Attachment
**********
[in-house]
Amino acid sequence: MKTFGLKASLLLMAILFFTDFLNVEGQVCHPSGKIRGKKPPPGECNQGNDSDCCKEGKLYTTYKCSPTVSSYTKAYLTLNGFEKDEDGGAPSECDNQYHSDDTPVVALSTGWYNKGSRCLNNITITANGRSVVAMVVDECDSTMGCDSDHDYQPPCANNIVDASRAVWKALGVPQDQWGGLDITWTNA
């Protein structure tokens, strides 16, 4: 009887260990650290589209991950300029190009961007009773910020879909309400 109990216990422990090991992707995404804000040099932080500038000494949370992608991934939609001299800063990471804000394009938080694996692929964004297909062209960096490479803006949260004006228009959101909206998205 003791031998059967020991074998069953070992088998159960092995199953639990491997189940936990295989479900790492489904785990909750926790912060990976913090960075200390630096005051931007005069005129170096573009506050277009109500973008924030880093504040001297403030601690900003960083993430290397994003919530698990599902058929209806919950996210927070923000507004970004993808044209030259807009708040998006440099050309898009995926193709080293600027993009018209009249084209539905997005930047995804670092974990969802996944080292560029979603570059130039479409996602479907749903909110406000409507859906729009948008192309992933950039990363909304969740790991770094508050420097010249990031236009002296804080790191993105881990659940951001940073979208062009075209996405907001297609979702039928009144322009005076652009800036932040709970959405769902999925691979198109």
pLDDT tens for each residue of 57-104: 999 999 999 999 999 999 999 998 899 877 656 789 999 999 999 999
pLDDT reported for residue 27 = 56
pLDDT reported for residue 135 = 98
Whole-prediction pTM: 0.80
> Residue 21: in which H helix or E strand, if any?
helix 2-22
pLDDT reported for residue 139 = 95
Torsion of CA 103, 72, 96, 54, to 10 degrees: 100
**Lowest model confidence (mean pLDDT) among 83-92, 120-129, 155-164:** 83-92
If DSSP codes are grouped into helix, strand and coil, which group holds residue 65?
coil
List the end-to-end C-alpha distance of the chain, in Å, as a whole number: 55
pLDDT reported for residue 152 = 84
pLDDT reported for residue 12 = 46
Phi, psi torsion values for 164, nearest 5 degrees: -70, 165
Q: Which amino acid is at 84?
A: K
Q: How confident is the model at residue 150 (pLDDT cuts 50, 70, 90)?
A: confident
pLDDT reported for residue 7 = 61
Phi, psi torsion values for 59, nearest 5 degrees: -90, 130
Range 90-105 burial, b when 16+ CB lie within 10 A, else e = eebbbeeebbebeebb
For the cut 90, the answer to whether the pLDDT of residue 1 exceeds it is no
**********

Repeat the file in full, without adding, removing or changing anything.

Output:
[in-house]
Amino acid sequence: MKTFGLKASLLLMAILFFTDFLNVEGQVCHPSGKIRGKKPPPGECNQGNDSDCCKEGKLYTTYKCSPTVSSYTKAYLTLNGFEKDEDGGAPSECDNQYHSDDTPVVALSTGWYNKGSRCLNNITITANGRSVVAMVVDECDSTMGCDSDHDYQPPCANNIVDASRAVWKALGVPQDQWGGLDITWTNA
């Protein structure tokens, strides 16, 4: 009887260990650290589209991950300029190009961007009773910020879909309400 109990216990422990090991992707995404804000040099932080500038000494949370992608991934939609001299800063990471804000394009938080694996692929964004297909062209960096490479803006949260004006228009959101909206998205 003791031998059967020991074998069953070992088998159960092995199953639990491997189940936990295989479900790492489904785990909750926790912060990976913090960075200390630096005051931007005069005129170096573009506050277009109500973008924030880093504040001297403030601690900003960083993430290397994003919530698990599902058929209806919950996210927070923000507004970004993808044209030259807009708040998006440099050309898009995926193709080293600027993009018209009249084209539905997005930047995804670092974990969802996944080292560029979603570059130039479409996602479907749903909110406000409507859906729009948008192309992933950039990363909304969740790991770094508050420097010249990031236009002296804080790191993105881990659940951001940073979208062009075209996405907001297609979702039928009144322009005076652009800036932040709970959405769902999925691979198109």
pLDDT tens for each residue of 57-104: 999 999 999 999 999 999 999 998 899 877 656 789 999 999 999 999
pLDDT reported for residue 27 = 56
pLDDT reported for residue 135 = 98
Whole-prediction pTM: 0.80
> Residue 21: in which H helix or E strand, if any?
helix 2-22
pLDDT reported for residue 139 = 95
Torsion of CA 103, 72, 96, 54, to 10 degrees: 100
**Lowest model confidence (mean pLDDT) among 83-92, 120-129, 155-164:** 83-92
If DSSP codes are grouped into helix, strand and coil, which group holds residue 65?
coil
List the end-to-end C-alpha distance of the chain, in Å, as a whole number: 55
pLDDT reported for residue 152 = 84
pLDDT reported for residue 12 = 46
Phi, psi torsion values for 164, nearest 5 degrees: -70, 165
Q: Which amino acid is at 84?
A: K
Q: How confident is the model at residue 150 (pLDDT cuts 50, 70, 90)?
A: confident
pLDDT reported for residue 7 = 61
Phi, psi torsion values for 59, nearest 5 degrees: -90, 130
Range 90-105 burial, b when 16+ CB lie within 10 A, else e = eebbbeeebbebeebb
For the cut 90, the answer to whether the pLDDT of residue 1 exceeds it is no